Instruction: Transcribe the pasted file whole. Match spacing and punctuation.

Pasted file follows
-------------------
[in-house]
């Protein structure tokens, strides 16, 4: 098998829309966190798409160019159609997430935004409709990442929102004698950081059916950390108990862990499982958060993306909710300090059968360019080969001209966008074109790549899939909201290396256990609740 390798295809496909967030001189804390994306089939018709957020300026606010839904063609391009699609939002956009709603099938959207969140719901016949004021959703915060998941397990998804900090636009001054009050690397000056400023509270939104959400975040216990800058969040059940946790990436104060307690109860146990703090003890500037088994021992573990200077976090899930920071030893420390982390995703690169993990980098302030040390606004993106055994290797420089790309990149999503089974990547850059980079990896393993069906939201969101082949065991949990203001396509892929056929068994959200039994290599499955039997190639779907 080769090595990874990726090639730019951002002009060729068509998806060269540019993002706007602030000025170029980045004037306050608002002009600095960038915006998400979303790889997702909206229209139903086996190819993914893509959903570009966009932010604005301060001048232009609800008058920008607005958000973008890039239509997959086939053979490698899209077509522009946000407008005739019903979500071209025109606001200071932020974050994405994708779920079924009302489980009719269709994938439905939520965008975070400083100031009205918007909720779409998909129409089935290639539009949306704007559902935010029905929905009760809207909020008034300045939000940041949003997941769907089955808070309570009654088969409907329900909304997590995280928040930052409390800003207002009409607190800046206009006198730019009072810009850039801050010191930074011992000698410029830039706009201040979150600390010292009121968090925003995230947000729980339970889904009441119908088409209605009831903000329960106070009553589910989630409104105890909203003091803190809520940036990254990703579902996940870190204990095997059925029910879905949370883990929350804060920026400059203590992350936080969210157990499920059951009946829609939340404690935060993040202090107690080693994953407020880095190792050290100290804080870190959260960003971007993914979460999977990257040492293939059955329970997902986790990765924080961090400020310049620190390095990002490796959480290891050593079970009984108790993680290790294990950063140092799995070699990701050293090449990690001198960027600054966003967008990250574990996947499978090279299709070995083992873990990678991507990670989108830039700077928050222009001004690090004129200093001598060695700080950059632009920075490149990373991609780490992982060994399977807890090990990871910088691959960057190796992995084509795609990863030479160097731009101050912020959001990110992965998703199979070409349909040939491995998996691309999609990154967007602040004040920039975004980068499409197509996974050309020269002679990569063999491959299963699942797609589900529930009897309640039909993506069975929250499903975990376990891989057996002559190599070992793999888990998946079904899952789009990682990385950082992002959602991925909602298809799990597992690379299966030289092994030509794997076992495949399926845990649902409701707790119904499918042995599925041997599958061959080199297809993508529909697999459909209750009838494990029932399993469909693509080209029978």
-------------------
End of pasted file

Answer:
[in-house]
């Protein structure tokens, strides 16, 4: 098998829309966190798409160019159609997430935004409709990442929102004698950081059916950390108990862990499982958060993306909710300090059968360019080969001209966008074109790549899939909201290396256990609740 390798295809496909967030001189804390994306089939018709957020300026606010839904063609391009699609939002956009709603099938959207969140719901016949004021959703915060998941397990998804900090636009001054009050690397000056400023509270939104959400975040216990800058969040059940946790990436104060307690109860146990703090003890500037088994021992573990200077976090899930920071030893420390982390995703690169993990980098302030040390606004993106055994290797420089790309990149999503089974990547850059980079990896393993069906939201969101082949065991949990203001396509892929056929068994959200039994290599499955039997190639779907 080769090595990874990726090639730019951002002009060729068509998806060269540019993002706007602030000025170029980045004037306050608002002009600095960038915006998400979303790889997702909206229209139903086996190819993914893509959903570009966009932010604005301060001048232009609800008058920008607005958000973008890039239509997959086939053979490698899209077509522009946000407008005739019903979500071209025109606001200071932020974050994405994708779920079924009302489980009719269709994938439905939520965008975070400083100031009205918007909720779409998909129409089935290639539009949306704007559902935010029905929905009760809207909020008034300045939000940041949003997941769907089955808070309570009654088969409907329900909304997590995280928040930052409390800003207002009409607190800046206009006198730019009072810009850039801050010191930074011992000698410029830039706009201040979150600390010292009121968090925003995230947000729980339970889904009441119908088409209605009831903000329960106070009553589910989630409104105890909203003091803190809520940036990254990703579902996940870190204990095997059925029910879905949370883990929350804060920026400059203590992350936080969210157990499920059951009946829609939340404690935060993040202090107690080693994953407020880095190792050290100290804080870190959260960003971007993914979460999977990257040492293939059955329970997902986790990765924080961090400020310049620190390095990002490796959480290891050593079970009984108790993680290790294990950063140092799995070699990701050293090449990690001198960027600054966003967008990250574990996947499978090279299709070995083992873990990678991507990670989108830039700077928050222009001004690090004129200093001598060695700080950059632009920075490149990373991609780490992982060994399977807890090990990871910088691959960057190796992995084509795609990863030479160097731009101050912020959001990110992965998703199979070409349909040939491995998996691309999609990154967007602040004040920039975004980068499409197509996974050309020269002679990569063999491959299963699942797609589900529930009897309640039909993506069975929250499903975990376990891989057996002559190599070992793999888990998946079904899952789009990682990385950082992002959602991925909602298809799990597992690379299966030289092994030509794997076992495949399926845990649902409701707790119904499918042995599925041997599958061959080199297809993508529909697999459909209750009838494990029932399993469909693509080209029978």